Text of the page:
Hours after President Trump threatened North Korea with "fire and fury," the country responded with a threat to attack the U.S. protectorate of Guam to contain the U.S. bases there.
"Such military maneuvers of the U.S. may provoke a dangerous conflict under the present extremely acute situation prevailing on the Korean peninsula," said the Korean People's Army in a statement to the state-run news agency KCNA.
North Korea said U.S. bombers from Guam patrol the skies over South Korea "openly stage actual war drills and muscle-flexing in a bid to strike the strategic bases of the DPRK [Democratic People's Republic of Korea]."
The U.S. and South Korea frequently conduct joint military exercises.
The statement said the U.S. should "immediately stop its reckless military provocation against the state of the DPRK so that the latter would not be forced to make an unavoidable military choice."
DPRK added it's "now carefully examining the operational plan for making an enveloping fire" in Guam using "medium-to-long-range strategic ballistic" missiles.
In response, Madeleine Z. Bordallo, the non-voting U.S. Rep. from Guam, (D-Guam), called the attack reports "troubling" but she wrote that she is "confident that Guam remains safe and protected."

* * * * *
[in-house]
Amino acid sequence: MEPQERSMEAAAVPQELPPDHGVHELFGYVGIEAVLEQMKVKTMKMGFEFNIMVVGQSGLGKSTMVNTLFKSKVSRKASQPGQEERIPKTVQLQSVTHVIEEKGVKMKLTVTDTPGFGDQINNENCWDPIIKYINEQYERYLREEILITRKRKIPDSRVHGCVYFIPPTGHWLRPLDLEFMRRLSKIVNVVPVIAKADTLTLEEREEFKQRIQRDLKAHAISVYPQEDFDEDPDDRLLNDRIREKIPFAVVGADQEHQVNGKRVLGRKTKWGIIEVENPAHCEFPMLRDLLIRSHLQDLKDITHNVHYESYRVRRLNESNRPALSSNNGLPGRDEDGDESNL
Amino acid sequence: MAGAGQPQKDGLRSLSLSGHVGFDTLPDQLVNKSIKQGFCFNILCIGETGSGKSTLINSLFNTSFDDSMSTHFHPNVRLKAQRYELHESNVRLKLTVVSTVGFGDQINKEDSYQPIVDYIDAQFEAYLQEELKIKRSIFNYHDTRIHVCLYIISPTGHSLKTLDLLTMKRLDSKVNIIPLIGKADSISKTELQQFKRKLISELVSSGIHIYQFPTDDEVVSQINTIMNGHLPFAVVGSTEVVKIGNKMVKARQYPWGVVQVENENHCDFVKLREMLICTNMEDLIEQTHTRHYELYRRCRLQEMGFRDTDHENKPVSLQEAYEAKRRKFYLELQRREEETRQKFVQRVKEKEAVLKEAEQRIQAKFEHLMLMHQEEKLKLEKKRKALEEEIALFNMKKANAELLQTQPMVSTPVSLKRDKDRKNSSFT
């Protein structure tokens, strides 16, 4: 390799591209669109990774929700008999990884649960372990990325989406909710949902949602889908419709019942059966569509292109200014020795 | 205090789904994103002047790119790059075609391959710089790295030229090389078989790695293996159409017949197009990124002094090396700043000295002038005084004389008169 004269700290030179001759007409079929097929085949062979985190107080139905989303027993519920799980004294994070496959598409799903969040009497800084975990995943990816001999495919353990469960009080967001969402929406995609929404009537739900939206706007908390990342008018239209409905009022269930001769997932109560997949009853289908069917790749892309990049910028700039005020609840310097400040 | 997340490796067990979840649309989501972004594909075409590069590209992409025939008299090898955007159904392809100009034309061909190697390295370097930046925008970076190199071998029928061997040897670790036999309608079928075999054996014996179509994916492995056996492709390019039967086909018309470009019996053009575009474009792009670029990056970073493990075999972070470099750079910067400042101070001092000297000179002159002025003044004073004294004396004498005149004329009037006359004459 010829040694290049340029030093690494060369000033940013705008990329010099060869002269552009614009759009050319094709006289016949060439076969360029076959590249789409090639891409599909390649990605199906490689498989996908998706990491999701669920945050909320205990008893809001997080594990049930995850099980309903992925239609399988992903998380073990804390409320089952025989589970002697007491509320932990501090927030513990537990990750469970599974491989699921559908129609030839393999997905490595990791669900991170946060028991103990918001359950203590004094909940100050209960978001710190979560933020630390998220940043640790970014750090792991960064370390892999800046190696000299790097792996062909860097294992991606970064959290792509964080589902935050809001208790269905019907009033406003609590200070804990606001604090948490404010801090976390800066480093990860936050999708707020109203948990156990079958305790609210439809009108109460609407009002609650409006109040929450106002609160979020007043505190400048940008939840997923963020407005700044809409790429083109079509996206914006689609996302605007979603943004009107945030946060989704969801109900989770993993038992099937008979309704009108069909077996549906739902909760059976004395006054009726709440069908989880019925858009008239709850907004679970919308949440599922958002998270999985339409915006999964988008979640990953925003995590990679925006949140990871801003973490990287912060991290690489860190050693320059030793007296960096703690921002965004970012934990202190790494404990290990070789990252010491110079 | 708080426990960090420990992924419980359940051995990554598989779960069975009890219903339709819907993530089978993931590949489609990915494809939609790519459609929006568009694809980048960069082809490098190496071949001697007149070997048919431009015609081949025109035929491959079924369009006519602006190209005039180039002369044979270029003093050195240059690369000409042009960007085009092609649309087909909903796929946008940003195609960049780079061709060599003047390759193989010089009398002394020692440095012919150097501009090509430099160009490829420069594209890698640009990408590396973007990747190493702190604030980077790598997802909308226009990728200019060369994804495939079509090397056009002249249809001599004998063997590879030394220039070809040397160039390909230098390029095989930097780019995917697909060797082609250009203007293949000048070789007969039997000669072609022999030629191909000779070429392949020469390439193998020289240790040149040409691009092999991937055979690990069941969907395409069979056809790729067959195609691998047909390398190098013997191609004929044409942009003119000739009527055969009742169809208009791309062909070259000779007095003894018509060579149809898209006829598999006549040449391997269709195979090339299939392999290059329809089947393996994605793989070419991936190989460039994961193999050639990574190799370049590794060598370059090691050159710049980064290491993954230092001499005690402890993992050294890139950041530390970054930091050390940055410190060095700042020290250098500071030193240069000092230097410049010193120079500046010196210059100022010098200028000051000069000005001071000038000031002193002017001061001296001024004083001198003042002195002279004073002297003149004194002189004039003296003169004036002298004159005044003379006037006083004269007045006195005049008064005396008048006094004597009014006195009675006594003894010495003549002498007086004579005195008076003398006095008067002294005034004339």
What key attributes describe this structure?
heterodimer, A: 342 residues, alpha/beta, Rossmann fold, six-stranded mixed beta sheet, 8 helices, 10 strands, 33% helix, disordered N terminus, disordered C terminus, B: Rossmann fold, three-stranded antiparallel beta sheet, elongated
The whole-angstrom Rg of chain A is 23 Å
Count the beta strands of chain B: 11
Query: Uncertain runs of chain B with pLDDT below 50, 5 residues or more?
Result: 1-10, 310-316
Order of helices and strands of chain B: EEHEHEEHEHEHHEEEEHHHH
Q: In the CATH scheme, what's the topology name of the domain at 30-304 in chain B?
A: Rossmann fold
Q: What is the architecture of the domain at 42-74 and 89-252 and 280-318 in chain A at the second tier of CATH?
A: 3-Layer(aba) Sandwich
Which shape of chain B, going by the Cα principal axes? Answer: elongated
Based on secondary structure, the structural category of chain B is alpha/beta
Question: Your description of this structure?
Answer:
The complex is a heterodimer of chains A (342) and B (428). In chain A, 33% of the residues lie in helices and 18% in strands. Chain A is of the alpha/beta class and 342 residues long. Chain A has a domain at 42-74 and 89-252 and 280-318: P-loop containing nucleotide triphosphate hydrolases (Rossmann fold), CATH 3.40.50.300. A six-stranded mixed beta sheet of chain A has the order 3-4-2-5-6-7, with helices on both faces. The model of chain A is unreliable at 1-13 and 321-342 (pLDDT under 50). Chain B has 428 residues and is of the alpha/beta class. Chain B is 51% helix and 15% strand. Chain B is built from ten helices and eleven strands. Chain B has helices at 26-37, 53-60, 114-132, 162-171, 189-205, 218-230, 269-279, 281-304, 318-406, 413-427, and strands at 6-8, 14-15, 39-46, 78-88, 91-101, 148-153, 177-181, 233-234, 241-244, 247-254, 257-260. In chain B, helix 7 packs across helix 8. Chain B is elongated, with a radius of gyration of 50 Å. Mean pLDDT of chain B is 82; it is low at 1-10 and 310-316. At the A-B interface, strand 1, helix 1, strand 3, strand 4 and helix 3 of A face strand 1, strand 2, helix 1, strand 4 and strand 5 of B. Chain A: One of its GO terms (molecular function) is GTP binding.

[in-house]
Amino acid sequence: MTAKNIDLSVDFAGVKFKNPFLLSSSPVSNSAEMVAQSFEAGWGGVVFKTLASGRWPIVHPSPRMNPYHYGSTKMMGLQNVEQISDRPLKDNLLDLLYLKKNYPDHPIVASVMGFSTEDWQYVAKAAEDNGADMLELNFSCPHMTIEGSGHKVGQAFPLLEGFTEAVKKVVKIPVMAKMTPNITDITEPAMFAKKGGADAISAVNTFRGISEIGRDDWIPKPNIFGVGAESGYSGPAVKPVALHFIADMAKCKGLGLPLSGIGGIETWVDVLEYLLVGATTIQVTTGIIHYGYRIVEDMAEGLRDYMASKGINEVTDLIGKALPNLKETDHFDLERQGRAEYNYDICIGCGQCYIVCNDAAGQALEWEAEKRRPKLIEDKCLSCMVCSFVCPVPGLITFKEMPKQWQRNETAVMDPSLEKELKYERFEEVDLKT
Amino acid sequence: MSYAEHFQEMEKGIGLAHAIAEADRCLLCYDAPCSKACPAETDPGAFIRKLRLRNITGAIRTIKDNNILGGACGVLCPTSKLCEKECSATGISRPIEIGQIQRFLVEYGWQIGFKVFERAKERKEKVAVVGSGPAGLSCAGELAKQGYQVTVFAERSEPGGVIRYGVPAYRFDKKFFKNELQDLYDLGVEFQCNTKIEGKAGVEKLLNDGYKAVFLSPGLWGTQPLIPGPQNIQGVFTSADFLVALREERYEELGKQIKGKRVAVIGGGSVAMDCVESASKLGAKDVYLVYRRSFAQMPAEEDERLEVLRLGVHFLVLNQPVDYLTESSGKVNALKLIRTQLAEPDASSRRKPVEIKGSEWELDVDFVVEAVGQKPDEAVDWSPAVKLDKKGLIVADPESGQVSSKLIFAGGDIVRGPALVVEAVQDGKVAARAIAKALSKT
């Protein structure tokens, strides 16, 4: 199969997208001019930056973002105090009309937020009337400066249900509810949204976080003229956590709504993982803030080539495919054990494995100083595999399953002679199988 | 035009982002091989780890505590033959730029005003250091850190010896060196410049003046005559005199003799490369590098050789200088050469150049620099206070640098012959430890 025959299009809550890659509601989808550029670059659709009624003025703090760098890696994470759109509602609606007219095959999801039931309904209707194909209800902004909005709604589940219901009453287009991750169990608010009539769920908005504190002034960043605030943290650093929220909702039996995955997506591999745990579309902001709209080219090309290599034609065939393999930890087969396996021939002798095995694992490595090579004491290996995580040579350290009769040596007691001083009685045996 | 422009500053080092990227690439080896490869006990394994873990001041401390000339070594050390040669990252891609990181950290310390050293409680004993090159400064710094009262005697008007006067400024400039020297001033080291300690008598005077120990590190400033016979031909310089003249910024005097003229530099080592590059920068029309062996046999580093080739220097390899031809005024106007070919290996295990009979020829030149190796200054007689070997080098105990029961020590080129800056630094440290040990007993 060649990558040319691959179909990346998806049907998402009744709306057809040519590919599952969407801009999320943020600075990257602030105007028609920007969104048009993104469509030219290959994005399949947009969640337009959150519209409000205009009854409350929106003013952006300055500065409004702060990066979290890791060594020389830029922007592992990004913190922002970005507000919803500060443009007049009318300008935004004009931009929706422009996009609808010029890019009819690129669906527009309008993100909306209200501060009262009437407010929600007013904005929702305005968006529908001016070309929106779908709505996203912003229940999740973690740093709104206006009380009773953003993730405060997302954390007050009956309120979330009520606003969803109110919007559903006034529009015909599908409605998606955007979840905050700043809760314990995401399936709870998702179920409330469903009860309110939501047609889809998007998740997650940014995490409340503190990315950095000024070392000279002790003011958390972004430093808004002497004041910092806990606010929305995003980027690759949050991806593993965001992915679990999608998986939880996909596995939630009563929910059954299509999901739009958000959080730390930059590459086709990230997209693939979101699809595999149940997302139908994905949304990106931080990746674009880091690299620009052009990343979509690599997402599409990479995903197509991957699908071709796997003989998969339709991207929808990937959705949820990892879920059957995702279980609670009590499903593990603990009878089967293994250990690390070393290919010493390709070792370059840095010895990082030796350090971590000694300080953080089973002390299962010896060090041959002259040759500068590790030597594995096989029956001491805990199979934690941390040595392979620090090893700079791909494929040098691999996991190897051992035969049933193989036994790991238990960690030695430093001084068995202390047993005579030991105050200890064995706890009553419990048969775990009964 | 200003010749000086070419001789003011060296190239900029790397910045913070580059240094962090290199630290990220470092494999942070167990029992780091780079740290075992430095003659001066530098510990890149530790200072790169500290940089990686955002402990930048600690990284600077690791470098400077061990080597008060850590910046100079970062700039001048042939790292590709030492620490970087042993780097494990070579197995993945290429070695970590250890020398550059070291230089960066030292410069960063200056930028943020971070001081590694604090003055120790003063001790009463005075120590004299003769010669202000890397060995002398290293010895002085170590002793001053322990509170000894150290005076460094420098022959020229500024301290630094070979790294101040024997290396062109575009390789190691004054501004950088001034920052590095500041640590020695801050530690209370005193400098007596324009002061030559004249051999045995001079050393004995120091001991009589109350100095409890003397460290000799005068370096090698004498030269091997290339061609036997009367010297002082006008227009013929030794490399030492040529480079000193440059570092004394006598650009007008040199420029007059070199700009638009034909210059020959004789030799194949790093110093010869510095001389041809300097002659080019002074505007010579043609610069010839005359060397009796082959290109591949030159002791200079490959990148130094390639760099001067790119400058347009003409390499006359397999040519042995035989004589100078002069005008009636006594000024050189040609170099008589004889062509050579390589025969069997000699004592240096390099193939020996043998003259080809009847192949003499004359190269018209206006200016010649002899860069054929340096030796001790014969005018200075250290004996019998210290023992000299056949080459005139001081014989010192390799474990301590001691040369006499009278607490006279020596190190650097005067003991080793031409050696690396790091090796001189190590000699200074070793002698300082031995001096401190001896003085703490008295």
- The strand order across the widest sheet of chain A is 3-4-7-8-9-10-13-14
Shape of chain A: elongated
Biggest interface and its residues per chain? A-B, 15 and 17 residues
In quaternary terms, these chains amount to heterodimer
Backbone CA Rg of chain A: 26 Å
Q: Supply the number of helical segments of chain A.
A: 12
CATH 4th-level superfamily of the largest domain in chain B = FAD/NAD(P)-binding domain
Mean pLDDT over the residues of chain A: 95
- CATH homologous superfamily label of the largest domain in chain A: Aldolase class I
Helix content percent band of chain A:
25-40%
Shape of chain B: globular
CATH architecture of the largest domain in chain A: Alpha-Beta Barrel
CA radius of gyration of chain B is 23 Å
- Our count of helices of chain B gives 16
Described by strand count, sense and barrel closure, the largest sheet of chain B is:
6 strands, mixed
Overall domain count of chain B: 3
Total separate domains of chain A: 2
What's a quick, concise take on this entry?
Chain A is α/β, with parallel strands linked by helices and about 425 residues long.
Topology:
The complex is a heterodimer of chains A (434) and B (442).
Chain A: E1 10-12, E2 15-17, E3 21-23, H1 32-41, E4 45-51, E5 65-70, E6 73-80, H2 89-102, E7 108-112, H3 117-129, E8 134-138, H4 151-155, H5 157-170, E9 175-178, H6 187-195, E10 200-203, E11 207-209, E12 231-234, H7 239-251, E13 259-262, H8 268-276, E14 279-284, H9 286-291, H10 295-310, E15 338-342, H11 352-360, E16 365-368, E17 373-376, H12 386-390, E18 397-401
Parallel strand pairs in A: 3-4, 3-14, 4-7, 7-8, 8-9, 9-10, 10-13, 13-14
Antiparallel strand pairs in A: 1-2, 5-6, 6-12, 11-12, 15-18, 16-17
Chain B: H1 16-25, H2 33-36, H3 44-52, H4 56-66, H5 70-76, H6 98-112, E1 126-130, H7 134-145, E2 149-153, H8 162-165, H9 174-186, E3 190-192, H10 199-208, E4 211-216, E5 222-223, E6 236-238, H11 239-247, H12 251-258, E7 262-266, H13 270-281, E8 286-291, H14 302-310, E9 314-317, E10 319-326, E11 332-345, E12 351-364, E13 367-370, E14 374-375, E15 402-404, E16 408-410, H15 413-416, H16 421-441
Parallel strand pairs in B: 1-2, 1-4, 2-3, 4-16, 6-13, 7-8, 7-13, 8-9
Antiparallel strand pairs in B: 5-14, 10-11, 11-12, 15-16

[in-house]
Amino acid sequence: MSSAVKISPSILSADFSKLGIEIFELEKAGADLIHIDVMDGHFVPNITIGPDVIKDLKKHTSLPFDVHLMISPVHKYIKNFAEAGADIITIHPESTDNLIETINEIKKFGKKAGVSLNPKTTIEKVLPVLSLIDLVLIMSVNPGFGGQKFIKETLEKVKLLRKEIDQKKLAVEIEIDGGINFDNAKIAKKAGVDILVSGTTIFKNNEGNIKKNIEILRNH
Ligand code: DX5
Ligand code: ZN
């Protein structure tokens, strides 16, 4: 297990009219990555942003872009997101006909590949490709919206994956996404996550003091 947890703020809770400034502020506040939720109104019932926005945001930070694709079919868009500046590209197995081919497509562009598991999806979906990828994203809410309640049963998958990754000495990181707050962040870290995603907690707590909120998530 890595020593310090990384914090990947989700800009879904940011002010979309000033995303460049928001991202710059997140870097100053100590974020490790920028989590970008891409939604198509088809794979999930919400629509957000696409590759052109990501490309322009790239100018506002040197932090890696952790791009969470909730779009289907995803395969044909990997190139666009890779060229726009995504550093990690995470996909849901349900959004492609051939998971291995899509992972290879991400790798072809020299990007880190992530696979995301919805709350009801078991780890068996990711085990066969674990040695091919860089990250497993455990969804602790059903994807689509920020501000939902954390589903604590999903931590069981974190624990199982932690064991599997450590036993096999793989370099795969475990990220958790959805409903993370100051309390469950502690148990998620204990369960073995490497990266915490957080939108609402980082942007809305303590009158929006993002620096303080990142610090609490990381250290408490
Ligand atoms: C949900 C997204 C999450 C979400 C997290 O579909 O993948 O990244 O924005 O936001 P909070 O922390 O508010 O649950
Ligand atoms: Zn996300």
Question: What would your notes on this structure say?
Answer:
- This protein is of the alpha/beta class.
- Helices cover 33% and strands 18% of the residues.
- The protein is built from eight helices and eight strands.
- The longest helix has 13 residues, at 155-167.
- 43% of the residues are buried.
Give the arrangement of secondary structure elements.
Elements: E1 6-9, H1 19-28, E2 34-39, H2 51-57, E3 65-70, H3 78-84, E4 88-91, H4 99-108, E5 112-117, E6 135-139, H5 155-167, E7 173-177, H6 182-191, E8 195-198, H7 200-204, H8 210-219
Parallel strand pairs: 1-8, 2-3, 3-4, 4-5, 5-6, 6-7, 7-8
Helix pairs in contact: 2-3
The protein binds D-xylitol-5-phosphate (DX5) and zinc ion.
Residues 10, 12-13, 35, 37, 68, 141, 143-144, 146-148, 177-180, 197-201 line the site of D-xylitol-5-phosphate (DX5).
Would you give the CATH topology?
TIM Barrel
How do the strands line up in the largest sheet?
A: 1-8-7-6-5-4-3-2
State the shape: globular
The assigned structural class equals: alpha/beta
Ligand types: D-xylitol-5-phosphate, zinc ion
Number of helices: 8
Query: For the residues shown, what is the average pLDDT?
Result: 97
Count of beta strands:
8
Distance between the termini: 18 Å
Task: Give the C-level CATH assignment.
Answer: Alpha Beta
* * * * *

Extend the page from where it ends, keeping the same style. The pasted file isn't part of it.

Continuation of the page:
Guam is home to Andersen Air Force Base.
Meanwhile, the U.S. Pacific Air Forces stand ready as they tweeted out a message stating they've joined their counterparts from South Korea and Japanese air forces in sequenced bilateral missions.
Earlier Tuesday, Mr. Trump warned "North Korea best not make any more threats to the United States."
"They will be met with fire and fury like the world has never seen," Mr. Trump told reporters. Kim Jong Un "has been very threatening -- beyond a normal statement. As I said, they will be met with fire, fury and frankly power the likes of which this world has never seen before."
The threats came hours after a CBS News poll released Tuesday found nearly 3 in 4 Americans are uneasy about the possibility of a conflict with North Korea, and most are also uneasy about Mr. Trump's approach to the situation. Of those polled, 61 percent were uneasy about Mr. Trump's ability to handle the North Korean nuclear situation, while 35 percent were confident in his ability.
The U.S. in May successfully carried out its first-ever missile defense test to intercept an ICBM-type weapon, but other tests have had mixed results.
The Associated Press contributed to this report.